They have found worked pieces of steatite on that beach that point to
the historical presence of Vikings. Steatite is commonly called
soapstone and was used regularly for carving.
TentTipis were eventually pitched and a fire was ultimately made. There
was not much dead wood on the island and neither of us was going to
paddle anywhere to get some! The evening in the sea loch was filled with
sounds. In sharp contrast of the almost silent inland water of the first
night that surrounded our island. The salt water of the sea loch was
filled with chatty birds, swimming seals and arguing bats. We finally
worked out were using the castle for a home and with the large empty
space on the inside acting as an amplifier to their chatter.
I think we tried to be a little too
adventurous with the cooking that night as the roast vegetables turned
out a little weird as well as sand in the pasta, thanks Ed.
Day three and we are seasoned paddlers. Proficient in all forms of
canoeing and navigation. With all distractions gone we can focus on our
goal to reach Loch Ailort. Another aspect now absent from the trip is
any form of respect for each other. Our conversations nothing more than
childish bickering. Perhaps it was the Loch Shiel Moidart Canoe
Circuit making us mad?
The sheltered waters of Loch Moidart
lead us unhindered towards the North Channel, the channel out to the
sea! Low tide meant we had to line the canoe a little but it gave us a
chance to have a good look at the local bushcraft opportunities, which
was a seafood lovers dream. The problem with filter feeders so close to
human activity… well without getting too blunt we decided to leave the
mussels for another day. We pressed on with Loch Shiel Moidart
Paddling in really large open water or
in this case the sea is rather disheartening, as it appears you do not
get anywhere at all even though you are paddling non stop. After much
paddling and sweating we started to see the water narrow again as the
start of Loch Ailort came into view. The sea section of the Loch
Shiel Moidart Canoe Circuit was one of the most memorable parts.
Taking a rest on a sandy beach next to a lovely “NO CAMPING!” sign. I
wondered where we could camp for the night. However it was only a short
while after that we found an amazing island, our third island of the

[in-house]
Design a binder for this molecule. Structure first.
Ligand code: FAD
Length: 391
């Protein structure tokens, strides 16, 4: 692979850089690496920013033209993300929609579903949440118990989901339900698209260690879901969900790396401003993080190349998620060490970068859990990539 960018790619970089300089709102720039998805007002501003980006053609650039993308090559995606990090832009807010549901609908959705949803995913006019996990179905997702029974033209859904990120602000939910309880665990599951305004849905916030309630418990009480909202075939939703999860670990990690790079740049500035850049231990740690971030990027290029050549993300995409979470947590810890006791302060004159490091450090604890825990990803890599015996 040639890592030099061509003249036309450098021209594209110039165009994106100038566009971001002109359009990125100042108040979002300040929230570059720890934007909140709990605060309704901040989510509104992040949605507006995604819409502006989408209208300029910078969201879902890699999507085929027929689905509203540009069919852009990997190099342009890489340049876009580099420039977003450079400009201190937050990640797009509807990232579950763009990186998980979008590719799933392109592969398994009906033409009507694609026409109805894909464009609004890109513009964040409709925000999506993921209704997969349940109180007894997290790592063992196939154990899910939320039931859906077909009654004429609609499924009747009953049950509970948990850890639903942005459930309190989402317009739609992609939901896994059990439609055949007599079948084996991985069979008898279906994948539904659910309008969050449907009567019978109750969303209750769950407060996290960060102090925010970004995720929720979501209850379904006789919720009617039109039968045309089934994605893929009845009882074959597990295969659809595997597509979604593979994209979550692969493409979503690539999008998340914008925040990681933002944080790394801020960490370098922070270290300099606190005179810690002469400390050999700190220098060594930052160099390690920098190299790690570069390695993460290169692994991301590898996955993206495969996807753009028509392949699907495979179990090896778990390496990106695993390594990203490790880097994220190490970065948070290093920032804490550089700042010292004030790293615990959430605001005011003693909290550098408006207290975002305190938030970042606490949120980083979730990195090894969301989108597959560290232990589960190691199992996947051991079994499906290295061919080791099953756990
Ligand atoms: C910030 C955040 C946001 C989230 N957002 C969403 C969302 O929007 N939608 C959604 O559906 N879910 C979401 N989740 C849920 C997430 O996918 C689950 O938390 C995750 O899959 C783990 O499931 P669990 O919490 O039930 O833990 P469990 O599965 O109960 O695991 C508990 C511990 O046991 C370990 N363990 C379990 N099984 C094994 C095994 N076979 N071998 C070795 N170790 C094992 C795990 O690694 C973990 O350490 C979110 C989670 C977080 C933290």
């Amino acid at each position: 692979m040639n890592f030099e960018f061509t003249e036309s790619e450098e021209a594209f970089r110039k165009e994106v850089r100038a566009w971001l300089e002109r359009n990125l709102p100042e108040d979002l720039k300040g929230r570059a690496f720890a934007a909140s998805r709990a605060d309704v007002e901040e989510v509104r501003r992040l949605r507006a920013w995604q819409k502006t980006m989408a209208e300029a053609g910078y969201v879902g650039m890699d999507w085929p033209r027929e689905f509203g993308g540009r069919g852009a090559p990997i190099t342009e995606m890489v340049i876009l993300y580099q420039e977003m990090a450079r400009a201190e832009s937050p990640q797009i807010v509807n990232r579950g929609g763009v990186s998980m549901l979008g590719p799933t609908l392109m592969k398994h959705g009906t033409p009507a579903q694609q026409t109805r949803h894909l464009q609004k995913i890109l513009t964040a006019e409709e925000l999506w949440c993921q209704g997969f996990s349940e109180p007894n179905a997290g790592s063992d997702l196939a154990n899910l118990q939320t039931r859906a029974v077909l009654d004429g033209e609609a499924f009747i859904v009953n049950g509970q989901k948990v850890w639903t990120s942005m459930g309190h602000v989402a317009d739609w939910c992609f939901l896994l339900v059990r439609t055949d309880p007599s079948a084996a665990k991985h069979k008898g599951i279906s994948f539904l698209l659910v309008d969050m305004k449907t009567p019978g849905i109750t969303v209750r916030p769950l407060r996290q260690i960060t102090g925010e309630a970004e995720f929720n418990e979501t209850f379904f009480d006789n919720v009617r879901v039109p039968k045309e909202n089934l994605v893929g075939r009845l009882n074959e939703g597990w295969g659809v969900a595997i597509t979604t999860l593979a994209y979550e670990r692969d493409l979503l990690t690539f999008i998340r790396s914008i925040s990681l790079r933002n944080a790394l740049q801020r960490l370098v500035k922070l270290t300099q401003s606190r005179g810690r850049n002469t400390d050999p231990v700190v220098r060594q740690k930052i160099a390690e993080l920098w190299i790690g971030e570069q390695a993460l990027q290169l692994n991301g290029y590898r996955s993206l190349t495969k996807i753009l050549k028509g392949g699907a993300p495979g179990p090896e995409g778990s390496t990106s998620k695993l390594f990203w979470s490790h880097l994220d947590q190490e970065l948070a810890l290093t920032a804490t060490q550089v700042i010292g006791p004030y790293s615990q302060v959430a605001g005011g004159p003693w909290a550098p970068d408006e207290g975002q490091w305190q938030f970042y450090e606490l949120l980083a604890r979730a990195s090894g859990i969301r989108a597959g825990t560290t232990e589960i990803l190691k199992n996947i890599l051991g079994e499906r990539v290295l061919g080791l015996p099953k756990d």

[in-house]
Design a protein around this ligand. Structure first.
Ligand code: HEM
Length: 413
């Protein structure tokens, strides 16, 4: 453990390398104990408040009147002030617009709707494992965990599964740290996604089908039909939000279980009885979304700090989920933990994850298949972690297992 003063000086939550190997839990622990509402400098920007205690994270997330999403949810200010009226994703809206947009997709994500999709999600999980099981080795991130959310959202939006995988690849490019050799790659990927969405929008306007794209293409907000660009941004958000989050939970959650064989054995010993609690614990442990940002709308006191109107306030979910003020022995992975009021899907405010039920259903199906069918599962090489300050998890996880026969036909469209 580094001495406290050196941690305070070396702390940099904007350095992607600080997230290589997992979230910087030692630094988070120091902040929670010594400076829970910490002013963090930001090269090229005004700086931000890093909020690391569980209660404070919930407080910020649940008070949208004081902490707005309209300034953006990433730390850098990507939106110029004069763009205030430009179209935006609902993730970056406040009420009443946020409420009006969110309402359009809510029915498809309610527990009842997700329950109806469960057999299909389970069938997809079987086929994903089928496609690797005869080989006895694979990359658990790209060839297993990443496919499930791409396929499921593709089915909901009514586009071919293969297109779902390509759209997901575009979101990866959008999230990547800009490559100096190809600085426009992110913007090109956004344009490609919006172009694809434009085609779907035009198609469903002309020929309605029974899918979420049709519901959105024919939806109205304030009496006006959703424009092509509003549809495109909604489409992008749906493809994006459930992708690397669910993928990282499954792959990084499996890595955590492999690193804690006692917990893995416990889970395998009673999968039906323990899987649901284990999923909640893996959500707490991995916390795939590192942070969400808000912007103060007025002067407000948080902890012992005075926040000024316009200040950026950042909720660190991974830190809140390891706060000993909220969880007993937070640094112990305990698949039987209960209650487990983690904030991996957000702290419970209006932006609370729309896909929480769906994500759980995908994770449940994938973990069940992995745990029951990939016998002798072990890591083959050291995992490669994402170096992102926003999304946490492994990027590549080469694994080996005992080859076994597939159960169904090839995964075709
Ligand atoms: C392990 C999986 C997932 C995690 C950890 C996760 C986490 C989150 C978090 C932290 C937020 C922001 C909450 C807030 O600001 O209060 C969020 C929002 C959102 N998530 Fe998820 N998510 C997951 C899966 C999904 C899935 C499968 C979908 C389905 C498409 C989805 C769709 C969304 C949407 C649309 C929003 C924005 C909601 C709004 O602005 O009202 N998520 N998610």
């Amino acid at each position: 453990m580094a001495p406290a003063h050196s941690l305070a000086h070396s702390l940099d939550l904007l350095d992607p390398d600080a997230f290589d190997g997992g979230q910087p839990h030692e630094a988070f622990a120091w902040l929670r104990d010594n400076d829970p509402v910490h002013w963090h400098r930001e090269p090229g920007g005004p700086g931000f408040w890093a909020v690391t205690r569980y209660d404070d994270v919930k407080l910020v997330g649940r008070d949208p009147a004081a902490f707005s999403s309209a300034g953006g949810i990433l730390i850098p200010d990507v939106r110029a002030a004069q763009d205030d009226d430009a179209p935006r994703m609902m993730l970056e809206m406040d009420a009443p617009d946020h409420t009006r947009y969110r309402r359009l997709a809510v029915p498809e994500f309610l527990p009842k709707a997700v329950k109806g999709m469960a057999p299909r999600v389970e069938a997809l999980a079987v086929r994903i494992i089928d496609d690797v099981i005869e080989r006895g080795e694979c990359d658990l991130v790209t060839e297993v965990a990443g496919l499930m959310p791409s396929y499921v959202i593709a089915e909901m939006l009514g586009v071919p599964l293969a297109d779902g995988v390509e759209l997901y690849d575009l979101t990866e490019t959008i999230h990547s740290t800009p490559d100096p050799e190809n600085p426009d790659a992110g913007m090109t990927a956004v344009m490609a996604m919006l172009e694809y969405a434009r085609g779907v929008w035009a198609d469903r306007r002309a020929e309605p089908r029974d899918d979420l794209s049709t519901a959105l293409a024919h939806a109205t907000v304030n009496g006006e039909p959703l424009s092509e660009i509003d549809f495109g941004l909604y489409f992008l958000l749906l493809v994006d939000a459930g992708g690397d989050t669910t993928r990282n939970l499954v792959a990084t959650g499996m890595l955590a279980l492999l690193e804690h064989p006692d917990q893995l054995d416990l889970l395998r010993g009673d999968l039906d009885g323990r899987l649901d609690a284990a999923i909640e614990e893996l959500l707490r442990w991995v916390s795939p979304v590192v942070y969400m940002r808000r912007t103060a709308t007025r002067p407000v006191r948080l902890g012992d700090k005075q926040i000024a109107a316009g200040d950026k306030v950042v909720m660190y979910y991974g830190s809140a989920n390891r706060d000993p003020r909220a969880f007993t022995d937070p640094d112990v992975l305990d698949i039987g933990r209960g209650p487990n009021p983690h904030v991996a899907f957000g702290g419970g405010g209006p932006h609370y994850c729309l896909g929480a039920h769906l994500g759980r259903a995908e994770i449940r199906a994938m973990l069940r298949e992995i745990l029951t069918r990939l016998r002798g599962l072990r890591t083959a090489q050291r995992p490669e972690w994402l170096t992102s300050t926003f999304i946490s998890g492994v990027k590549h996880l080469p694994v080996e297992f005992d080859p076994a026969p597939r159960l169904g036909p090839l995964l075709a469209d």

trip. Sandy beach, bare rocks and a small woodland for fire wood. The
TentTipis at this point were really damp from the night below Castle
Tioram on the second night, so pitching them on the sand was a nightmare
waiting to happen. I was shocked to see how much of a pain wet sand is!
The TentTipis were covered in it; zips were full of grains too. Yet
somehow they managed to still perform, some interior cleaning helped
however. Corned beef was on the menu for dinner and this was had with
the last of the whisky. It was our last night on the trail and needed
some celebration; tomorrow would be paddling up towards Loch Eilt. We
had almost completed the Loch Shiel Moidart Canoe Circuit now. Our
campfire was left to burn down to embers and we decided to call it a
night. Safe from ticks on the sand we thought we were protected, but
what are these hopping things all over the beach? The whole beach and
now inside the TentTipis were these little hopping shrimp like things.
There’s nothing like being really tired and returning to your tent and
finding a load of beach hoppers making little hopping sounds on your
groundsheet. Sleep well…
Next day on the Loch Shiel Moidart Canoe circuit the first issue was
packing up the now extra heavy and damp as well as sand covered
TentTipis… It was a lot of fun I can assure you. Next issue was carrying
the canoes down to the low tide mark, which was now all the way down
past the beach and over the rocks.It wasn’t long before we were
paddling; a group of deer watched us float past as we made our way
slowly towards Loch Eilt. Before we could reach her waters lay another
set of challenges. We had to find the entrance to the River Ailort and
this was a bit tricky in low tide. Once we had reached the end of the
Loch we paddled the shallow waters and finally spotted the river
entrance, which signalled the start of first taste of uphill paddling…
As you can imagine it did not last long before we were out the canoe
lining up the river. It is great fun to battle the river, you are going
the opposite way to the flow and not even nature, and gravity can stop
you… It takes it out of you however so we stopped for a break just after
the river goes underneath the road bridge. Carrying on part walking,
part pulling and part slipping over until we reached the weir. Waist
deep in water, grinning like idiots pulling a canoe over a raging weir,
great fun but we got some dodgy looks from some local friendly
fishermen. We had almost completed the Loch Shiel Moidart Canoe
"Don't disturb the pools!"
Moving upwards again, bodies tired we set our gaze on a nasty waterfall
with steep banks either side. Time at this point was not on our side and
sadly this would be the end of our trip. To portage around would take
too long and with no clear return to the river from our point of view it
would potentially mean another portage further down too. After walking
up the river some way it was with heavy hearts we turned back and pulled
our canoes back to just past the weir we had crossed an hour ago.